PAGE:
From Colonisation to Early Capitalism
Colonisation can be seen as an expansion of the supply zones of
European citiesDeLanda (2011)
. The resulting “First Globalisation”Allen (2011), 16
created new, unidirectional flows of material and wealth: European countries used their political and military Power to extract and trade to import gold, spices and other riches, which led to an early accumulation of capital and the birth of mercantile capitalism.
The extraction gains allowed the growth of a manufacturing and
export-oriented industry. But while “English and Dutch trade with [or
more appropriately: appropriation from] their colonies drove their
economies forward”ibid., 20
, “American loot” wasn’t able to stimulate Spain’s and Portugal’s economy in the long run: “Globalization spurred northwestern Europe forward but held southern Europe back”.ibid., 24
One explanation is the Spanish “Price Revolution” that lasted from the mid 1500s to around 1700. It was a feedback loop driven by Spanish imperialism: The import of loot caused inflation, extended inflation increased lending costs, higher lending costs motivated the king to import more loot etc.
An alternative explanatione.g. in Harari (2014)
is a competition between kleptocratic (Spain) vs. early capitalist (Low Countries) ideologies, in which the latter proved more adaptive. Here we have another feedback loop: Early-capitalist ideology enabled growth of the finance sector, i.e. investment, which fuelled the expansion of colonialism, which lead to internal economic growth which “validated” early capitalist ideology etc.
The Birth of Industrial Capitalism
As a result, Northern Europe was well-positioned for further “economic development”, i.e. accumulation of wealth:
First, the growth in urbanization and rural manufacturing increased the demand for labour and led to tight labour markets and high wages. … Second, growing cities and a high-wage economy put great demands on agriculture for food and labour. The result was agricultural revolutions in both England and the Netherlands. … Third, growing urban demand also led to energy revolutions in both England and the Netherlands. In the Middle Ages, charcoal and firewood were the principal fuels burned in cities. As the cities grew, wood prices skyrocketed, and substitute fuels were developed.Allen (2011), 25
The British economy was in an especially good position due to a comparably large existing manufacturing sector and immense coal deposits. The Industrial Revolution was British because of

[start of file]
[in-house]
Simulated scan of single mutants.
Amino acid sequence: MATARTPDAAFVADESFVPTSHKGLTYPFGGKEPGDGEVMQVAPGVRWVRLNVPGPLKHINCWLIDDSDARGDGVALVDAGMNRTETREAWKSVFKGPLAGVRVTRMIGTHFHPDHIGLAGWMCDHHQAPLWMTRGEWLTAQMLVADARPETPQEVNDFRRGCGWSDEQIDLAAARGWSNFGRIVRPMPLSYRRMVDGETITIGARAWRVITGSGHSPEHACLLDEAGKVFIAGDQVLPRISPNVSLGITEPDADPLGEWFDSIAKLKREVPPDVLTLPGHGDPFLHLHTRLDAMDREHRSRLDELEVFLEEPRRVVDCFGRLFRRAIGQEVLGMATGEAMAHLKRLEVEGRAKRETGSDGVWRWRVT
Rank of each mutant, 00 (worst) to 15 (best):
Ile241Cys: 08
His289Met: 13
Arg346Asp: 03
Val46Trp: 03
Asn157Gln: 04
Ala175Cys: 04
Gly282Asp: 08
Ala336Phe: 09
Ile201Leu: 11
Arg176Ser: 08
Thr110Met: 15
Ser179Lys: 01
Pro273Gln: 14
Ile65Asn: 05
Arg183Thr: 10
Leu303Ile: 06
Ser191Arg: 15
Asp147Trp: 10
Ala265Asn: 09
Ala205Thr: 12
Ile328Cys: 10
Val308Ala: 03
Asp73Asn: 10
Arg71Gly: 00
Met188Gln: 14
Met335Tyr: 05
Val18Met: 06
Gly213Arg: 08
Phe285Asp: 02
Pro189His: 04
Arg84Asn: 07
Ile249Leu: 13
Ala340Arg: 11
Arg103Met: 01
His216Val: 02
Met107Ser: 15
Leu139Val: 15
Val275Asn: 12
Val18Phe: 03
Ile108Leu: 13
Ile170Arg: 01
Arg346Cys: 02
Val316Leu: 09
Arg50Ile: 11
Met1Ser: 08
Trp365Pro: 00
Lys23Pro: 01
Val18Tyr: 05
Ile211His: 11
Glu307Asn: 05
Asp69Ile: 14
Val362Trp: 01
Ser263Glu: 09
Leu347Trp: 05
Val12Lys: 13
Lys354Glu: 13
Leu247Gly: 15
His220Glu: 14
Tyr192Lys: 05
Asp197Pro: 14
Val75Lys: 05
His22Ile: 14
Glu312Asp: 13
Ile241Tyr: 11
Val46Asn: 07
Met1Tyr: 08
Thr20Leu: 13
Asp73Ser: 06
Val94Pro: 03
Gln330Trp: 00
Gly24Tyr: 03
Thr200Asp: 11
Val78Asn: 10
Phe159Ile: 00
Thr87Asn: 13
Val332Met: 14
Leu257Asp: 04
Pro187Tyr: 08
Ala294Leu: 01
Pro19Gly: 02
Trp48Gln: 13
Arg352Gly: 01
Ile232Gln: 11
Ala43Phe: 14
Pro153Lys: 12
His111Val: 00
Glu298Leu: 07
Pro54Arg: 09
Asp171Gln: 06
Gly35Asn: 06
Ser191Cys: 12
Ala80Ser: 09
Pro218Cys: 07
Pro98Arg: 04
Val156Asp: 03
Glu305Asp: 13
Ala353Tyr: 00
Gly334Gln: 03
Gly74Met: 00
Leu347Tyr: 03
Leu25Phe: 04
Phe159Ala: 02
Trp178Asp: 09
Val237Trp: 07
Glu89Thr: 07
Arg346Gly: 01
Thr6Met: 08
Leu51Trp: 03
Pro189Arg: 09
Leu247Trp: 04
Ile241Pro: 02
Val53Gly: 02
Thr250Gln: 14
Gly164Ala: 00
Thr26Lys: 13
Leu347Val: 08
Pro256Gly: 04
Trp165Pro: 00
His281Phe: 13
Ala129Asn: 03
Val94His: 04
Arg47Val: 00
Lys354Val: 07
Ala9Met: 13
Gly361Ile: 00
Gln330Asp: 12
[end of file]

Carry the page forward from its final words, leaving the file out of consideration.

Britain’s unique structure of wages and prices. Britain’s high-wage, cheap-energy economy made it profitable for British firms to invent and use the breakthrough technologies of the Industrial Revolution.ibid., 31
Another material flow from the colonies helped keep wages stable
after their pre-industrial riseAllen (2007)
despite enormous productivity gains: newly available, cheap “sugar had become a major source of calories in working class diets”.Harvey (2019)
Slave labour enabled mass sugar production, cheap import, and further accumulation of capital in two distinct ways: directly through profits based on slave labour in the Caribbean, indirectly through skimming off more profit from productivity gains in Europe.DeLanda (2011)
Taken together, these factors enabled the Industrial Revolution in Britain and a rapid transition from mercantile to industrial capitalism in which Innovation fuels continuous growth:
[T]he great achievement of the British Industrial Revolution was that it led to continuous growth, so that income compounded to the mass prosperity of today.Allen (2011), 27
The Cycle of Endless Growth
The growth trajectory began with high productivity and high wages:
As a result of these differences in wages and prices, businesses in England found it profitable to use technology that saved on expensive labour by increasing the use of cheap energy and capital. With more capital and energy at their disposal, British workers became more productive – the secret of economic growth.ibid., 32
This started another feedback loop: Productivity enables Jackson (2017)
Catch-up in the Global North …
While the continuous industrial “expansion came at the expense of
India, China, and the Middle East”Allen (2011), 32
, the catch-up of the other European countries was enabled by development policies denied to “Developing Countries” later on: